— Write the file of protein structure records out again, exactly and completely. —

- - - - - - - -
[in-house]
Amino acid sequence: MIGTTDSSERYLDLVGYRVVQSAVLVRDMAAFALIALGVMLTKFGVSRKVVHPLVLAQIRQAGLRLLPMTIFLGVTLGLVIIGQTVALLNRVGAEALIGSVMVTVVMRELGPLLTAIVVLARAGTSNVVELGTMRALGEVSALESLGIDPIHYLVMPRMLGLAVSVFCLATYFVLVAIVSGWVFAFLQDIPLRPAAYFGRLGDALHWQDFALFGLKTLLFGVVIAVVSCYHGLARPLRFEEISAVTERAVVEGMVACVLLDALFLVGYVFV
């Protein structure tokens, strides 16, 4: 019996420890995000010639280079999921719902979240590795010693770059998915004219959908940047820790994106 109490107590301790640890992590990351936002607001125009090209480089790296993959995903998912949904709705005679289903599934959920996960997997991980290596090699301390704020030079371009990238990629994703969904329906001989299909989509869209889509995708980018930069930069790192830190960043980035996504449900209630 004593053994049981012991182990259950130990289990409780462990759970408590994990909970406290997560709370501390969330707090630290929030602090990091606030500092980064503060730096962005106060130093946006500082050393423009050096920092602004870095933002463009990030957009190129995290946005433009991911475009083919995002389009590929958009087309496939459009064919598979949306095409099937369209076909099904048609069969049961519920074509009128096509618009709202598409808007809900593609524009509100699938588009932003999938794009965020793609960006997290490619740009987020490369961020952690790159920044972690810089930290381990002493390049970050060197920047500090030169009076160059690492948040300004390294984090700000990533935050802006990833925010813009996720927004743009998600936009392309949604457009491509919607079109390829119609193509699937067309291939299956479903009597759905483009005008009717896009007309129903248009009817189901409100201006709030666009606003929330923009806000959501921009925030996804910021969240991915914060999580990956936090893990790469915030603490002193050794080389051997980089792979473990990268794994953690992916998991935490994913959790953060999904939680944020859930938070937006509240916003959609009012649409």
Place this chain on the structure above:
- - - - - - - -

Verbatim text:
[in-house]
Amino acid sequence: MIGTTDSSERYLDLVGYRVVQSAVLVRDMAAFALIALGVMLTKFGVSRKVVHPLVLAQIRQAGLRLLPMTIFLGVTLGLVIIGQTVALLNRVGAEALIGSVMVTVVMRELGPLLTAIVVLARAGTSNVVELGTMRALGEVSALESLGIDPIHYLVMPRMLGLAVSVFCLATYFVLVAIVSGWVFAFLQDIPLRPAAYFGRLGDALHWQDFALFGLKTLLFGVVIAVVSCYHGLARPLRFEEISAVTERAVVEGMVACVLLDALFLVGYVFV
């Protein structure tokens, strides 16, 4: 019996420890995000010639280079999921719902979240590795010693770059998915004219959908940047820790994106 109490107590301790640890992590990351936002607001125009090209480089790296993959995903998912949904709705005679289903599934959920996960997997991980290596090699301390704020030079371009990238990629994703969904329906001989299909989509869209889509995708980018930069930069790192830190960043980035996504449900209630 004593053994049981012991182990259950130990289990409780462990759970408590994990909970406290997560709370501390969330707090630290929030602090990091606030500092980064503060730096962005106060130093946006500082050393423009050096920092602004870095933002463009990030957009190129995290946005433009991911475009083919995002389009590929958009087309496939459009064919598979949306095409099937369209076909099904048609069969049961519920074509009128096509618009709202598409808007809900593609524009509100699938588009932003999938794009965020793609960006997290490619740009987020490369961020952690790159920044972690810089930290381990002493390049970050060197920047500090030169009076160059690492948040300004390294984090700000990533935050802006990833925010813009996720927004743009998600936009392309949604457009491509919607079109390829119609193509699937067309291939299956479903009597759905483009005008009717896009007309129903248009009817189901409100201006709030666009606003929330923009806000959501921009925030996804910021969240991915914060999580990956936090893990790469915030603490002193050794080389051997980089792979473990990268794994953690992916998991935490994913959790953060999904939680944020859930938070937006509240916003959609009012649409």
Place this chain on the structure above: